Heritage: Limited Drug Benefits Would Be Costly
July 9, 1999
President Clinton's Medicare prescription drug proposal will not help the small proportion of seniors who need it most, say analysts, while providing a costly benefit to seniors who have other coverage for drug expenses.
- Under the Administration's plan, seniors would pay an additional, optional $24 per month in Medicare premiums, and would be reimbursed for 50 percent of up to $2,000 in drug costs in the year 2002.
- Premiums would increase gradually to $44 per month by 2008, when the program would cover 50 percent of up to $5,000 in drug costs.
- The estimated ten-year cost is $118 billion, but history suggests that it would cost taxpayers far more.
Critics say the drug benefit proposal has a number of flaws, including:
- It does not give catastrophic "stop-loss" protection, and would not help toward costs exceeding $5,000.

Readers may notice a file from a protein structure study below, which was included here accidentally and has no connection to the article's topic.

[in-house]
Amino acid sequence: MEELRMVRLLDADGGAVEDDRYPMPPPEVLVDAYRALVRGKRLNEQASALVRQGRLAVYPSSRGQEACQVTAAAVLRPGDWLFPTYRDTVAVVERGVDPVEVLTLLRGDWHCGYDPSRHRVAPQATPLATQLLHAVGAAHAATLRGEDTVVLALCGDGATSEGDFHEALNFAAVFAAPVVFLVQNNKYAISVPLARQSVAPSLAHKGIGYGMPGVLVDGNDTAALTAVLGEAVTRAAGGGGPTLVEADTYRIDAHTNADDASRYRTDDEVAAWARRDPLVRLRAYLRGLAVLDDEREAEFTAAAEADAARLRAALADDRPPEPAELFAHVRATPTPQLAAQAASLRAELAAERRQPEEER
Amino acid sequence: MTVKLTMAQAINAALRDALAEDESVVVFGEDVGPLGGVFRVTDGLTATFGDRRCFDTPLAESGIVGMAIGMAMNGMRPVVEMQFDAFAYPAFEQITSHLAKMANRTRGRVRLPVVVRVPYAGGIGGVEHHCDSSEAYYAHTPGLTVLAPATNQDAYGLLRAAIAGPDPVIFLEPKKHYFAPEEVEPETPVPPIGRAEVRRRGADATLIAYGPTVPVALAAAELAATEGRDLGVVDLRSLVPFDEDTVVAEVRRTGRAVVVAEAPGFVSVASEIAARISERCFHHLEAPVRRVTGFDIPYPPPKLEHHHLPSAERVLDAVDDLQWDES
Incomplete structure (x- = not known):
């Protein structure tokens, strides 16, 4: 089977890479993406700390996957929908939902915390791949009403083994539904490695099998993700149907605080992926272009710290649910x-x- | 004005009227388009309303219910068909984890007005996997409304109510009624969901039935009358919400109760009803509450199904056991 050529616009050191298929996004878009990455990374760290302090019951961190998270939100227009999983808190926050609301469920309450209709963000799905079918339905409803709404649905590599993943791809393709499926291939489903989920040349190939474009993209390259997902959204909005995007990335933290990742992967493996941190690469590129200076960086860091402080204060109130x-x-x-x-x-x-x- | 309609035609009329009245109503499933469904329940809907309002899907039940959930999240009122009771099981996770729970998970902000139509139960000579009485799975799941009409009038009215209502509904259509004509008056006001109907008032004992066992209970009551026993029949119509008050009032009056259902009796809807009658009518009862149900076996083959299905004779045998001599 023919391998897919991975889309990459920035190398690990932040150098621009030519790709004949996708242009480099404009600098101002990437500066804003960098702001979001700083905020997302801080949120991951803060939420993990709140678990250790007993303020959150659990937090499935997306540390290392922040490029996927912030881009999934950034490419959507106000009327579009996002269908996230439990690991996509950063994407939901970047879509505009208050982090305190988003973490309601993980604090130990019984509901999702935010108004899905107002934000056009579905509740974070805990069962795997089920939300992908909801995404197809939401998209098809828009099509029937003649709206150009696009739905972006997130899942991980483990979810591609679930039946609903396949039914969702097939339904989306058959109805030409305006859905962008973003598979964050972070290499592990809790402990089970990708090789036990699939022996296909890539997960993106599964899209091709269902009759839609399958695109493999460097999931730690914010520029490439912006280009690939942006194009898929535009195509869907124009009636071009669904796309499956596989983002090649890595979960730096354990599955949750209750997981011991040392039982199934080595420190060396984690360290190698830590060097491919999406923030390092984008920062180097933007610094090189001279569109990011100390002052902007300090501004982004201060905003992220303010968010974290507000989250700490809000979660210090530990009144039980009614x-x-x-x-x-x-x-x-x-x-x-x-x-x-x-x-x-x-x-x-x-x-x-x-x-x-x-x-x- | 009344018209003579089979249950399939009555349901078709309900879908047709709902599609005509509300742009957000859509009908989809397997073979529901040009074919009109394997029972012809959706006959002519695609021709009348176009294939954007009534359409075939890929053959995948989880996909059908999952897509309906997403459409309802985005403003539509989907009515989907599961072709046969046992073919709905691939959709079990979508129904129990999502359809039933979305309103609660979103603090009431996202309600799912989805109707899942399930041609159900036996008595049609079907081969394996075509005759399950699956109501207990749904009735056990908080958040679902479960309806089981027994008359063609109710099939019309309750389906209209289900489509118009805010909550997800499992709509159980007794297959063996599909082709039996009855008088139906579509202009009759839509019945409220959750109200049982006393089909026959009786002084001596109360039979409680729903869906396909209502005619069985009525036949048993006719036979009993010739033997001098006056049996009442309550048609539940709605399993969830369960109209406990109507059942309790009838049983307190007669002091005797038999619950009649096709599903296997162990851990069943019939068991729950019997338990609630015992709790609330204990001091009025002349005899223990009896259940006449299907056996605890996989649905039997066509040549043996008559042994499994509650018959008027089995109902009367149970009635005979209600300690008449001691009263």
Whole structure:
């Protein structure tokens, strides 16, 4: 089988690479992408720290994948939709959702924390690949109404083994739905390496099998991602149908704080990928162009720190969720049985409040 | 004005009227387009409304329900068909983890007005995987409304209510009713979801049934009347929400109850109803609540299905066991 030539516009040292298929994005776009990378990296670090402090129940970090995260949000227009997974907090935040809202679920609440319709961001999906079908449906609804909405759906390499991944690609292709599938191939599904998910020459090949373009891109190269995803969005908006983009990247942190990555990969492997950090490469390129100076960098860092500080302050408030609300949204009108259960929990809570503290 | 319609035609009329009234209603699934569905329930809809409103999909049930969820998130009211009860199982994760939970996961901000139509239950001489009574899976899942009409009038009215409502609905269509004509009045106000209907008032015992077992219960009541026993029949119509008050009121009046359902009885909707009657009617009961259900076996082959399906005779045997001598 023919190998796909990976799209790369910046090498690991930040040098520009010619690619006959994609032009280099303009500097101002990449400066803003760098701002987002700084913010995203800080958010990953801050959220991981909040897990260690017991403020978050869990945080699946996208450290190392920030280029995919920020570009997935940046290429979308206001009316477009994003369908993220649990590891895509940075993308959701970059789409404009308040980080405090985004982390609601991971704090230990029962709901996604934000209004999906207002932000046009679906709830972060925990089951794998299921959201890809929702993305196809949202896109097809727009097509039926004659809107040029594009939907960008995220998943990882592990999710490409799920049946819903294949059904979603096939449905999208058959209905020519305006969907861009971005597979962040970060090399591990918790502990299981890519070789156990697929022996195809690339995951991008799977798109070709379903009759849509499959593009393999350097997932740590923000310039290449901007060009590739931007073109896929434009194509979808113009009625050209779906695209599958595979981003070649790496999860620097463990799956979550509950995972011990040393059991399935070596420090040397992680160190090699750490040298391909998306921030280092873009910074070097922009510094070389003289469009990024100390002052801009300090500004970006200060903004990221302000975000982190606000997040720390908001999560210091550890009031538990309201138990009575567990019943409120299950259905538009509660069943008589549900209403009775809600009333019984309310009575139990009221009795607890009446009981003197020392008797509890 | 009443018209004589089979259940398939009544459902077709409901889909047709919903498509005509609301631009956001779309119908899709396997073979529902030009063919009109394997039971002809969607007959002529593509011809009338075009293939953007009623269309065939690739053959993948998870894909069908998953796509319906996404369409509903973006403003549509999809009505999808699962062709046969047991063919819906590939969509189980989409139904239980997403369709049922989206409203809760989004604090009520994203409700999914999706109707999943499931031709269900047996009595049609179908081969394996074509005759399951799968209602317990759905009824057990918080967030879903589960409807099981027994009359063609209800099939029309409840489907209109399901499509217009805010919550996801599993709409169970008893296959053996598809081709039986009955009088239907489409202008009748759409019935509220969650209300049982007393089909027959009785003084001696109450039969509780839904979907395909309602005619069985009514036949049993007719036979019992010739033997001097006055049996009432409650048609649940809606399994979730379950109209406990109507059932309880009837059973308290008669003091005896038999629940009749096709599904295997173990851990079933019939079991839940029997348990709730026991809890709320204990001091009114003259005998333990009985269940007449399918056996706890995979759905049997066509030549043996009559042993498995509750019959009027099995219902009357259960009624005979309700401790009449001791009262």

- The offer of such benefits might induce seniors to give up better private coverage they already have, and will discourage the inclusion of drug benefits under other health plans, such as employer-provided medical benefits for retirees, Medicare HMOs or Medigap plans.
- The Health Care Financing Administration (HCFA) would be put in charge of choosing which drugs are available to beneficiaries, through "formularies" and other restrictions designed to hold down costs.
Paying for prescription drugs is not a serious problem for most seniors, say researchers. A recent study from the National Academy of Social Insurance found that the median amount spent by seniors out of pocket on drugs is $200 -- thus 50 percent of seniors spend less than $200 annually. However, 4 percent of seniors spend in excess of $2,000 a year on their medications.
Source: James Frogue, "Bill Clinton's Risky Drug Plan," Executive Memorandum No. 611, July 6, 1999, Heritage Foundation, 214 Massachusetts Avenue, N.E., Washington D.C. 20002, (202) 546- 4400.
Browse more articles on Health Issues